Like William Gass, I always aim low.  I only desire “to manufacture sentences which will persist past all utility, live outrageously beyond their means like exiled aristocracy or the nouveau riche, outlasting fashion and every novelty of thought or fad in phrasing? sentences in language like a vaulter’s limber pole to leap times, to transcend the initial circumstances of their making as well as each succeeding situation which might reasonably require them, as if one set of Last Words might be properly the first learned, and so to welcome, as if summoned, as if appropriately dressed, every moment after” (114-5). 

(That question mark hovers in the middle of that sentence intentionally.  Short of Pope, no author’s prose style enacts its content as well as Gass’.)

Contra Adam’s interpretation of Graff, I do believe that it’s possible to speak of complex matters without writing unnecessarily complex prose.  What constitutes “necessity” differs from field to field, but Graff’s general advice strikes me as sound: write in the most accessible style your field and topic will permit. 

That style might strike layman as unnecessarily complex, but it shouldn’t strike fellow-specialists as such.  For instance, when I last read Derrida--for Derrida’s seminar, no less--I prepared for the experience of reading his prose by reminding myself that it’s written in the unfamiliar idiom of a field on which I’ve little purchase, and despite the extra effort involved, I came away with my sanity and an understanding of his general argument.  However, when I read the work of literary scholars who draw on Derrida, I have an entirely different set of expectations...because the work belongs to a fellow-specialist.  If this fellow-specialist wants to draw from Derrida to illuminate a work of literature, that’s fine; however, unlike Derrida himself, the literary scholar doesn’t have the right--strong words, I know--to speak in the unfamiliar idiom of a field on which I’ve little purchase.  He or she ought to be speaking our language and explaining his or her appropriation of Derridian concepts in the idiom of literary scholars.  Is that an unreasonable expectation? 

(I have a lot more I could say about this--how the privileging of philosophically-informed idiolects in literary scholarship prevents real circulation of ideas between academics and encourages, instead, a counterfeit circulation of what one scholar thinks another might mean by this appropriation of yet another’s understanding of...--but I’ll save it for another post.  Oh, and how about the Sternian ellipses/em-dash combo I dropped there?  Wicked.)

By Scott Eric Kaufman on 06/10/05 at 05:51 PM | Permanent link to this comment

There’s a lot to be said for most of these instructions, but wouldn’t it be easy to produce a list exactly contradicting every claim here?  I like allusive and densely packed critical writing too, but beyond questions of taste I think that the full complexity of some subjects can’t actually be discussed properly except in writing that is tricky and complicated and full of openings and leads and tangents.  Why does he say readers can only process one claim at a time? 

That thing about the pseudo-dialogic metatext, I really don’t buy.  Far more effective, and honest, to refrain from second-guessing your reader in this way.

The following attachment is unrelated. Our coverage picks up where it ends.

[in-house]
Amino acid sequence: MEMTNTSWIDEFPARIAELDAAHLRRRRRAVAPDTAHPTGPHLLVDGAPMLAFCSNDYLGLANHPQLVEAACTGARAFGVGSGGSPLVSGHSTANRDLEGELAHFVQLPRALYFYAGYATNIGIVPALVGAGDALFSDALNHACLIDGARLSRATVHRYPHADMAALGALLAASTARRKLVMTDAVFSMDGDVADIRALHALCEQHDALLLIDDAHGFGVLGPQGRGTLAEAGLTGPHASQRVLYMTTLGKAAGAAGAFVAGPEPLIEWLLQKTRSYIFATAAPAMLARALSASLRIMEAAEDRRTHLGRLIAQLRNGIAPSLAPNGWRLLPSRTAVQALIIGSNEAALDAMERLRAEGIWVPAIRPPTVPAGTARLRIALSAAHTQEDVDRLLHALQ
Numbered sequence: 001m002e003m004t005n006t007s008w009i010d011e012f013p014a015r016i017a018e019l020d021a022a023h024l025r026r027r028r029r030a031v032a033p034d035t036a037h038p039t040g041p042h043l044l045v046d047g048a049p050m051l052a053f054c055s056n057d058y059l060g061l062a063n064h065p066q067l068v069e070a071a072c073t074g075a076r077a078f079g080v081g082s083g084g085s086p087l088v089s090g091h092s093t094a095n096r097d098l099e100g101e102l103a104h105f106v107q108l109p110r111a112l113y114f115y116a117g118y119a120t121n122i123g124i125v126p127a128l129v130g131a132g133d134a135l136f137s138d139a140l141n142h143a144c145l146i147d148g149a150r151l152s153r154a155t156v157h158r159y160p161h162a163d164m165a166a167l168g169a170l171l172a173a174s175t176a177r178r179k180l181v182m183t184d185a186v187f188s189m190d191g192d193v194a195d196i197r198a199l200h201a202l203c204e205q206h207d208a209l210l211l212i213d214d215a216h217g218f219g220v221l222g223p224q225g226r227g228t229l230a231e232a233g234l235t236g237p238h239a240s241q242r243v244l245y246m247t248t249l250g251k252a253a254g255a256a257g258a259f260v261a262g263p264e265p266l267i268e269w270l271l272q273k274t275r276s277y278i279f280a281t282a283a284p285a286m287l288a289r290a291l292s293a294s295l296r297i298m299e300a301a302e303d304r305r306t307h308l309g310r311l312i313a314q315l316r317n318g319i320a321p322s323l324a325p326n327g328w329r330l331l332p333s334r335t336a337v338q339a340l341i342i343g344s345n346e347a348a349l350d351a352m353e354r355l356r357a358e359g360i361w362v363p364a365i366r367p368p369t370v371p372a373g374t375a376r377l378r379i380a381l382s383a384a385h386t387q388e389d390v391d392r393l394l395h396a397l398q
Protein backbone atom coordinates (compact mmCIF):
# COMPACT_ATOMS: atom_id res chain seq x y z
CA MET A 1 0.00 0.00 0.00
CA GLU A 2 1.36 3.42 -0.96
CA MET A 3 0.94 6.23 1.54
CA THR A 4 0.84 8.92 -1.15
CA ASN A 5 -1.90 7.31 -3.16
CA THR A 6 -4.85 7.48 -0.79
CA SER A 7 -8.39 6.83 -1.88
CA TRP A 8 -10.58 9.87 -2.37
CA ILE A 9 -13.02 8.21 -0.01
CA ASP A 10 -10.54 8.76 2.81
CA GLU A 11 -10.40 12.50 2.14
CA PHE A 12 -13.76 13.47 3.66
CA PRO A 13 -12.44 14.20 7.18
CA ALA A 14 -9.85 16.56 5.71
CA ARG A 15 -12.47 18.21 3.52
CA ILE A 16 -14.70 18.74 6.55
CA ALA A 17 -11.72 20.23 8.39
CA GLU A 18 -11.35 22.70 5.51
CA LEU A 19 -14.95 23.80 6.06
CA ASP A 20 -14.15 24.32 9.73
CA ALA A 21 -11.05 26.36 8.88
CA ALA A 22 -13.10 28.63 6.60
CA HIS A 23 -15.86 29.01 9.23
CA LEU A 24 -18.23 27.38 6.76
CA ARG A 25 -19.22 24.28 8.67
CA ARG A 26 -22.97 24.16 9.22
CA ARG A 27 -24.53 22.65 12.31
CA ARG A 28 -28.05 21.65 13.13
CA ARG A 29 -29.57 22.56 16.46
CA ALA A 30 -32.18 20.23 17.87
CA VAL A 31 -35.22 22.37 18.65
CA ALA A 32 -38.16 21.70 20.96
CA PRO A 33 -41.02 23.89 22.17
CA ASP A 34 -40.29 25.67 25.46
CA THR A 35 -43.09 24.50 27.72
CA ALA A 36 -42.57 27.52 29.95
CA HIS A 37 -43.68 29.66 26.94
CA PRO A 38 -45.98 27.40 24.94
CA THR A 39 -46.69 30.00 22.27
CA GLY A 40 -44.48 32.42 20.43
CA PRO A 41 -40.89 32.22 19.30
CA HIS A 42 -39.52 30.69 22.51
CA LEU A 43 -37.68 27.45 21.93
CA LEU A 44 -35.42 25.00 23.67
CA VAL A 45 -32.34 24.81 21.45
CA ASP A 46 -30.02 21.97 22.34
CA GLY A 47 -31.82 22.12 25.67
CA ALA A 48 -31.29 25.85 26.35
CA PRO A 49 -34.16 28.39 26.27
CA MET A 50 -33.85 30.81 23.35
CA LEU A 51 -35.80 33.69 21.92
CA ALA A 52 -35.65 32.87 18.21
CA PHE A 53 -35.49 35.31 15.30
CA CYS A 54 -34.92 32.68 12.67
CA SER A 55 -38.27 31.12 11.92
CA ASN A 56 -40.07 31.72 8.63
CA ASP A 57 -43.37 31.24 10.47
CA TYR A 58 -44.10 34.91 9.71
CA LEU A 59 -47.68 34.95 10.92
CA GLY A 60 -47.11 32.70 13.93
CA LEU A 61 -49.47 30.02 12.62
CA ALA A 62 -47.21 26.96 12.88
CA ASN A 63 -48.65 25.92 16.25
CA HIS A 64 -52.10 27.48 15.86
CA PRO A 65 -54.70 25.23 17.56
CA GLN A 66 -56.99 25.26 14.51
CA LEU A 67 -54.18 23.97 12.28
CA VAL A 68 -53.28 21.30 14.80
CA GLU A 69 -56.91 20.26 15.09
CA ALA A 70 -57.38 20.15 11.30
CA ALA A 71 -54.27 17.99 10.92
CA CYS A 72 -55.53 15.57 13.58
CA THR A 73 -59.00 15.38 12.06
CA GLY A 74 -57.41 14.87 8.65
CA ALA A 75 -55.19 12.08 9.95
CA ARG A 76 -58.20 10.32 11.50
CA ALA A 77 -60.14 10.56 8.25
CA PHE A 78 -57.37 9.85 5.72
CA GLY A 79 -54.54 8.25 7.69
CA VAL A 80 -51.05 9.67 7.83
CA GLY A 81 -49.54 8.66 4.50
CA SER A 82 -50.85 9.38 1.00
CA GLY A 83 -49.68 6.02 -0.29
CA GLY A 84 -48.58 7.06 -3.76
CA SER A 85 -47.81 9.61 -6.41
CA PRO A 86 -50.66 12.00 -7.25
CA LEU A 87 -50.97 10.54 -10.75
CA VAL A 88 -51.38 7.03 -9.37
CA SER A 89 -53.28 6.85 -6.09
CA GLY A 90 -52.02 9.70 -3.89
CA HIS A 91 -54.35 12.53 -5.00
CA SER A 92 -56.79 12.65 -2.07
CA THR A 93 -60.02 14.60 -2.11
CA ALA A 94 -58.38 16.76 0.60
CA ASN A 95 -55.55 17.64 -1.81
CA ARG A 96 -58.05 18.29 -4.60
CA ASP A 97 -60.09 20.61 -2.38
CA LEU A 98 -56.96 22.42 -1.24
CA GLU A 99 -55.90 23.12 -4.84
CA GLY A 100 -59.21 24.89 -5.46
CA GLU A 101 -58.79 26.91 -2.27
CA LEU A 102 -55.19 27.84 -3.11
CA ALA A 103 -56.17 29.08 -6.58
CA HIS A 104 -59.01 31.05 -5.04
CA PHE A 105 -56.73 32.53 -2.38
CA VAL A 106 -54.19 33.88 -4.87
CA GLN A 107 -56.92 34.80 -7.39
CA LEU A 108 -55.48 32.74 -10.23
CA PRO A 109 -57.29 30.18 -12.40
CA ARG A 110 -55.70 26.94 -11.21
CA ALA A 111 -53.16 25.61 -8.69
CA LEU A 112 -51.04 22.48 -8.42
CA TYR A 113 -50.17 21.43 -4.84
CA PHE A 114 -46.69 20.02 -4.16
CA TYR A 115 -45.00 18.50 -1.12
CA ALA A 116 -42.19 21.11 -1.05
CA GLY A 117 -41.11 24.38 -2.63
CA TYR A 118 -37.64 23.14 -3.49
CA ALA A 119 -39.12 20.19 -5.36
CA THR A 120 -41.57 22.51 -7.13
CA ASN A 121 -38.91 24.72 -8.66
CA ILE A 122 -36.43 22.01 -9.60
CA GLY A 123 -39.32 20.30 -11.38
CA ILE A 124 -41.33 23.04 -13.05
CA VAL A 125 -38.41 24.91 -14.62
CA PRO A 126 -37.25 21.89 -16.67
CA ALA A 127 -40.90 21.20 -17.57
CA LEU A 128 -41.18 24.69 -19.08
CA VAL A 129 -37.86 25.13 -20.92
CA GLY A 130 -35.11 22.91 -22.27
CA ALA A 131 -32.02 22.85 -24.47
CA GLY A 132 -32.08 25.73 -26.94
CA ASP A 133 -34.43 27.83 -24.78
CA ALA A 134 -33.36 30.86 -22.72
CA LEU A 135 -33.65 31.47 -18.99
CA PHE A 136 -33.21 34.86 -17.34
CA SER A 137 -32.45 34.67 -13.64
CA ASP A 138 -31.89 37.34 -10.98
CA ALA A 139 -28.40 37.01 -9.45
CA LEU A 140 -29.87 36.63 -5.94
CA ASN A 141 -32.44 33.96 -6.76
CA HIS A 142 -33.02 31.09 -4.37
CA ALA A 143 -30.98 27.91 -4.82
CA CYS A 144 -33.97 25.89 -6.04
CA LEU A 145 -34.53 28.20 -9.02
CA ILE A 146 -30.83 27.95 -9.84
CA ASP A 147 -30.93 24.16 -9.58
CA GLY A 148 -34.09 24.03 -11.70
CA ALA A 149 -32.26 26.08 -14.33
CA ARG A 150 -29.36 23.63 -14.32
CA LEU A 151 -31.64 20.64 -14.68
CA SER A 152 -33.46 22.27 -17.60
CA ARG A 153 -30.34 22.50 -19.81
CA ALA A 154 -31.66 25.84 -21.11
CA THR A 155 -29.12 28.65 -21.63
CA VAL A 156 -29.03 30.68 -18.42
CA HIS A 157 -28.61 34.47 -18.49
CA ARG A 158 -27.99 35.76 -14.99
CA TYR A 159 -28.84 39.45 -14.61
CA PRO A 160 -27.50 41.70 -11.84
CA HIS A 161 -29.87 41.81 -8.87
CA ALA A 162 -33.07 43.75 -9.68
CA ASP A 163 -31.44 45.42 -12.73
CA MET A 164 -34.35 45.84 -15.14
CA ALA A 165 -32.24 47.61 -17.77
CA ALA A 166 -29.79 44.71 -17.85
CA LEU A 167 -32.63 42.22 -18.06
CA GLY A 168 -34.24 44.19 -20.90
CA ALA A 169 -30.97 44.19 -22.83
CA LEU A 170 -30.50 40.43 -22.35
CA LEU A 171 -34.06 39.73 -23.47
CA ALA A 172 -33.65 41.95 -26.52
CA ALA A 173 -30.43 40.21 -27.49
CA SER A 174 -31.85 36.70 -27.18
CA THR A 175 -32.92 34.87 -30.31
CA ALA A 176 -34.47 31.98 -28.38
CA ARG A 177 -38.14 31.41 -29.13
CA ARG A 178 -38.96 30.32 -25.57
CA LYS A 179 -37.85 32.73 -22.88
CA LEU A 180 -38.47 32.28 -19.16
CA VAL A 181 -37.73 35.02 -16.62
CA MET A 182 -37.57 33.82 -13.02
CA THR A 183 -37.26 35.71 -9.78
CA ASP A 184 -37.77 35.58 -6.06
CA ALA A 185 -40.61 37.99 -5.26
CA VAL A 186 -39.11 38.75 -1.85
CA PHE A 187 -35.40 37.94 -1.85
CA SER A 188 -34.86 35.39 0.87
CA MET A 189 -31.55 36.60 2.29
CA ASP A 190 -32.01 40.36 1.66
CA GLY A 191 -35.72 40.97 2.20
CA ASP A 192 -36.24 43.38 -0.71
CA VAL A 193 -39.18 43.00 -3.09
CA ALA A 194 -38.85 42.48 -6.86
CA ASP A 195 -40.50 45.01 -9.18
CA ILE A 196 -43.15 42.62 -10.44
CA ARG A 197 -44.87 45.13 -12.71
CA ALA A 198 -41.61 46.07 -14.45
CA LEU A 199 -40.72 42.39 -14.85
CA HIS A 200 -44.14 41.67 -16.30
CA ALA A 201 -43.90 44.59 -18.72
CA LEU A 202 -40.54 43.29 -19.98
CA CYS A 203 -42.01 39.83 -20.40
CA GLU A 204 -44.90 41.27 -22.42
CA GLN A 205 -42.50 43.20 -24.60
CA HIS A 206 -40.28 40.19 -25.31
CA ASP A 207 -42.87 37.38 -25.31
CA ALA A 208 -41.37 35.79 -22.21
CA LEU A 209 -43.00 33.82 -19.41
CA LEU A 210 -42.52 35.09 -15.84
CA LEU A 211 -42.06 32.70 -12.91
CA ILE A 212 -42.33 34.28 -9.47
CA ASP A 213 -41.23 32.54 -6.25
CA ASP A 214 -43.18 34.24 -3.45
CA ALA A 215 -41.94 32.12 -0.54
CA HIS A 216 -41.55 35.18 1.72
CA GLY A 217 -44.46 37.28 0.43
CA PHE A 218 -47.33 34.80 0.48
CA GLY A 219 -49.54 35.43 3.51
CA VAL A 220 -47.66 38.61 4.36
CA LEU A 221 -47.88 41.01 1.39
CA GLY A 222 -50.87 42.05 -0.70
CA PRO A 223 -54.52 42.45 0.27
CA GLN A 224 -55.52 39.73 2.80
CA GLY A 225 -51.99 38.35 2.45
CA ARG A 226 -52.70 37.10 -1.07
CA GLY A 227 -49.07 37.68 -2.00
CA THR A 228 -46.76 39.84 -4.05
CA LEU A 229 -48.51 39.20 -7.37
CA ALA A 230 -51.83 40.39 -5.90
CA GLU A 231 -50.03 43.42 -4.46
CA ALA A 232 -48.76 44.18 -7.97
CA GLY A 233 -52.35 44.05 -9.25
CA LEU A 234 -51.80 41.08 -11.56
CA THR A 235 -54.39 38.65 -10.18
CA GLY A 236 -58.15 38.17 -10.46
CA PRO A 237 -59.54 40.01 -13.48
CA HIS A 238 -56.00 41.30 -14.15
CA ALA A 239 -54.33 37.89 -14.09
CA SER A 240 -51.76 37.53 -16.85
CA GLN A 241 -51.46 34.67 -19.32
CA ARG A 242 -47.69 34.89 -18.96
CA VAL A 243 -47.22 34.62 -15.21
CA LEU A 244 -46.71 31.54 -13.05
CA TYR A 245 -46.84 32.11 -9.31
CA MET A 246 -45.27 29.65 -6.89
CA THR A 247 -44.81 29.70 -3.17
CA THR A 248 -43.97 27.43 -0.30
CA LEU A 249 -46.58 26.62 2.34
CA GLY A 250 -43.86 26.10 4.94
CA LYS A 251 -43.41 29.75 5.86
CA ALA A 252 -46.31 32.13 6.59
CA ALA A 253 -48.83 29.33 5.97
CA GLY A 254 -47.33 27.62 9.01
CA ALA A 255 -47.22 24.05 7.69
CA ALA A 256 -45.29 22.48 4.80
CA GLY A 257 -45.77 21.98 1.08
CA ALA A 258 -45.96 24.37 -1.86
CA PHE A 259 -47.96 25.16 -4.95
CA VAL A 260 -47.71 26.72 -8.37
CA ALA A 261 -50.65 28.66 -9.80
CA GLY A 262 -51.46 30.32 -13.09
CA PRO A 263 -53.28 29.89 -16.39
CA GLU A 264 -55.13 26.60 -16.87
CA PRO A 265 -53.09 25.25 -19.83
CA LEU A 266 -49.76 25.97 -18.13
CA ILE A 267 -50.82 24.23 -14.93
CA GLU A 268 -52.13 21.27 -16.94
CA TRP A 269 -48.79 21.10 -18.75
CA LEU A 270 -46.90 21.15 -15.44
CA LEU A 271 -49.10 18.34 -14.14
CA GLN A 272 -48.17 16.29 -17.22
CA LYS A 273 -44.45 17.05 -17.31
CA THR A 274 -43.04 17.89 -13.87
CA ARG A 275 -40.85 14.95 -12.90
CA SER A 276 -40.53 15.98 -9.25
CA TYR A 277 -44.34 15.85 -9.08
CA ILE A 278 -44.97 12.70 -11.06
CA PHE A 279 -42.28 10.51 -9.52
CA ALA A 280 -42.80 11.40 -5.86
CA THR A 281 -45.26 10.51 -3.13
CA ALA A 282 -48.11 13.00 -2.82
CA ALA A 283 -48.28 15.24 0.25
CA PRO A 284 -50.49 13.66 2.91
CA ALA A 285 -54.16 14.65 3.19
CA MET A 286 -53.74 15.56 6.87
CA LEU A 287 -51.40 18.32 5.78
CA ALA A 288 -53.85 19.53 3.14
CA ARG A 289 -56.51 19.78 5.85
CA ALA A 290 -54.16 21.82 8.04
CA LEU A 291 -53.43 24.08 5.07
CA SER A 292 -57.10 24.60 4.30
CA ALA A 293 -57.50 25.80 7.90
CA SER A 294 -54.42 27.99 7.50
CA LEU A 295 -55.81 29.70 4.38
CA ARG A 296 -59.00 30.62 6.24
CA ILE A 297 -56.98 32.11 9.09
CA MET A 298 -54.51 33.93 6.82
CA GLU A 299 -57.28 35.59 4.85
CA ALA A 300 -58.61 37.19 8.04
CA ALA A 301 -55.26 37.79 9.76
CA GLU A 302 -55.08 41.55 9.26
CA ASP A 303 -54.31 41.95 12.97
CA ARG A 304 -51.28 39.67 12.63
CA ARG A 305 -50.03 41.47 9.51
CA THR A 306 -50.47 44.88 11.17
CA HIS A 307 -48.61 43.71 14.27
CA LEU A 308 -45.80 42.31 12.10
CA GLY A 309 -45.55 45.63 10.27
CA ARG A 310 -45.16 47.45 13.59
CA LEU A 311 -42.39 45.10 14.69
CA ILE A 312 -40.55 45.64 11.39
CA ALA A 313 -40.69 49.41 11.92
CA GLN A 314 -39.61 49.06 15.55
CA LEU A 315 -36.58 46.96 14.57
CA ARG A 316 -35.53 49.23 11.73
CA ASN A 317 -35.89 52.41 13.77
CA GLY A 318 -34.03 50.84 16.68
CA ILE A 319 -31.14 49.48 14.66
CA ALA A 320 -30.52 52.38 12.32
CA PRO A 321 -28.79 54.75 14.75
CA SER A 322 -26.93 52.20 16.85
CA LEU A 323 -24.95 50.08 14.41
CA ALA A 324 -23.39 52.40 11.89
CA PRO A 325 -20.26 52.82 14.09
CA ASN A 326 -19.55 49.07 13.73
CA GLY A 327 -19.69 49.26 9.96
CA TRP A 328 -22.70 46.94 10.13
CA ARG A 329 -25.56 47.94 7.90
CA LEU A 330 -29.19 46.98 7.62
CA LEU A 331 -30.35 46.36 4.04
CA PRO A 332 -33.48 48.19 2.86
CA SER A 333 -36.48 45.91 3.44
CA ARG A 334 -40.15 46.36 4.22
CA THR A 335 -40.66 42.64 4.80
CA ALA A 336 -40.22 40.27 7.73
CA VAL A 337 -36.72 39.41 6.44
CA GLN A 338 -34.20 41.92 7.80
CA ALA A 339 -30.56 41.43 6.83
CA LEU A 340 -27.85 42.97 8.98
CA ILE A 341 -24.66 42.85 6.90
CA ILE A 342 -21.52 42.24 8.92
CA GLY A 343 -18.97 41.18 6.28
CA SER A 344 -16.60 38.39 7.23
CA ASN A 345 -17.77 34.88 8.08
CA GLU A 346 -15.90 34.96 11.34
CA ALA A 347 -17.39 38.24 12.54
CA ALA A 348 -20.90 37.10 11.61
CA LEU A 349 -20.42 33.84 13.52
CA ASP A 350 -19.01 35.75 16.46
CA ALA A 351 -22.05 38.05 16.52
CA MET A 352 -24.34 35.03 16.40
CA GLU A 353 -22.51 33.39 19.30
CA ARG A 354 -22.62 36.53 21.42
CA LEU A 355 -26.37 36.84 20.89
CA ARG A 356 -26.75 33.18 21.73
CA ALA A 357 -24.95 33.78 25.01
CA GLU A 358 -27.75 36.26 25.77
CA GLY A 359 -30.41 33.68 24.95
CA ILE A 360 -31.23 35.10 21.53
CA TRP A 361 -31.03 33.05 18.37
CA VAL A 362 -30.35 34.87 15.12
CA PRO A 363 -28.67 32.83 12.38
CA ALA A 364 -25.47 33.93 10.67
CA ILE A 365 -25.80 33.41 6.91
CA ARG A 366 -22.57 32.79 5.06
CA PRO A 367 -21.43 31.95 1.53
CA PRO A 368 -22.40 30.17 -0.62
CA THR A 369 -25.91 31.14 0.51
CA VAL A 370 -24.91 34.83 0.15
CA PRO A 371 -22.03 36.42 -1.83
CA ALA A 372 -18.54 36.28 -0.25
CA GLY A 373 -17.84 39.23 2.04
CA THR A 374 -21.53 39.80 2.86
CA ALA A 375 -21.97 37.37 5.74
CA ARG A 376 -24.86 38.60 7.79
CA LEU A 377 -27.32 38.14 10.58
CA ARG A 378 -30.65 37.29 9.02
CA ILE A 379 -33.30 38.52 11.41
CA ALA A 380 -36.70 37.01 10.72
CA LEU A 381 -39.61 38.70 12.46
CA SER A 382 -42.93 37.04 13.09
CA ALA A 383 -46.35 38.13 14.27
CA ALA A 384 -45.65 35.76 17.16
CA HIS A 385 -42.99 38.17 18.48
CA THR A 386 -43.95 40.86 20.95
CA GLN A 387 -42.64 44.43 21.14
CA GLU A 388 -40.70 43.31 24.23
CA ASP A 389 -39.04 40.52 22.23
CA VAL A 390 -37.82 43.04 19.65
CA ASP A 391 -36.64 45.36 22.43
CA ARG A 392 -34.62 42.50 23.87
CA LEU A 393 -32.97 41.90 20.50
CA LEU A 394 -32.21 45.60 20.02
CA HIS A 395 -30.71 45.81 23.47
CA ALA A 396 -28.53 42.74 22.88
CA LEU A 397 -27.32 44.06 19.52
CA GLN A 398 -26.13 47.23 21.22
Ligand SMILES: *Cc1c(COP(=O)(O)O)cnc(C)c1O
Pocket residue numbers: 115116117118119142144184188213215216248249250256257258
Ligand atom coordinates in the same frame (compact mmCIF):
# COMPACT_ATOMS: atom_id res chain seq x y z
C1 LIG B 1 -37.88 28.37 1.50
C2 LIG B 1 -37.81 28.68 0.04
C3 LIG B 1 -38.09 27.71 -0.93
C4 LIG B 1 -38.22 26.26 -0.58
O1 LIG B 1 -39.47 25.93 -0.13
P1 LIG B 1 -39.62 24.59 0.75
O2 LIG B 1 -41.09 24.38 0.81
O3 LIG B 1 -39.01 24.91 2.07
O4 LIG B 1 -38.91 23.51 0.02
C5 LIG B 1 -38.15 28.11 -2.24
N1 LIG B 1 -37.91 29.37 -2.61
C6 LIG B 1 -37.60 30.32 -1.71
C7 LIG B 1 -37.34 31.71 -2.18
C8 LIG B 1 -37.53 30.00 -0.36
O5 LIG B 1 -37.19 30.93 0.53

The equation of one’s parents with one’s most mediocre student is a pretty gesture.

By Laura on 06/10/05 at 11:32 PM | Permanent link to this comment

I think some of Graff’s tips would be more useful for someone giving an oral presentation. For instance, I find it harder to process more than one claim at a time if I’m listening than if I’m reading.

By jpb on 06/10/05 at 11:53 PM | Permanent link to this comment

I personally enjoy allusive and difficult critical works which make constant subordinate claims.

Jonathan, I’m curious: why do you enjoy such works?

I’m not saying I don’t enjoy them. But I have my reasons. What are yours?

By Amardeep on 06/11/05 at 05:24 PM | Permanent link to this comment

I’d attribute it to the Fiend Folio, mainly (cf. Miéville).

There are many different ways of making subordinate claims, mind you. Take Kenner. You’ve got to be careful when reading Kenner.

By Jonathan on 06/11/05 at 05:39 PM | Permanent link to this comment

Ok, you have out-alluded me. I don’t know what Mieville has to do with it… (I haven’t read Fiend Folio)

While briefly trying to figure it out using Google, I came across this interesting interview with Mieville, which you may have read.

In it, there is this paragraph:

<i>I use AD&D-type fascination with teratology in a lot of my books, and I have the original Monster Manual, and the Monster Manual 2, and the Fiend Folio. I still collect role-playing game bestiaries, because I find that kind of fascination with the creation of the monstrous tremendously inspiring, basically. And the golem that you’re talking about in AD&D, it’s very perspicacious of you, because that is directly an influence. There is a scene in Iron Council where Judah creates a golem of corpses. He shoves his hand into a pile of corpses and makes them into this huge, lumbering golem of dead people, and that is a riff on the flesh golem. One of the things that I love so much about fantasy and science fiction is that the weirdness that it creates is always at its best completely its own end and also metaphorically and symbolically laden. I get very frustrated when I read certain types of magical realism and you end up saying, “Okay, I understand this figure of this golden elf is symbolizing such and such.” The thing about genre fantasy is that it is its own end, but it also does that job of symbolizing.<i>

Nice, huh. Though it still doesn’t explain anything.

By Amardeep on 06/11/05 at 05:47 PM | Permanent link to this comment

Kyuss kicked ass. I don’t think we can argue this.

More directly, however, I’d say that simple-seeming prose sometimes ain’t. So I might, personally, prefer to see the system laid bare (I’m almost just inflicted “by her Bachelards” on you--be wary) in my critical prose. I could then invoke S.B. Johnson all the way back to Teilhard de Chardin and reintegrate the RPG developmental world-picture back up in here. But I won’t.

Astonishingly, I’m just reading Miéville now, and, when I recognize obvious AD&D allusions, I point at the offending passage and yell “NERD!!” Often in public places. Great, great stuff.

By Jonathan on 06/11/05 at 06:00 PM | Permanent link to this comment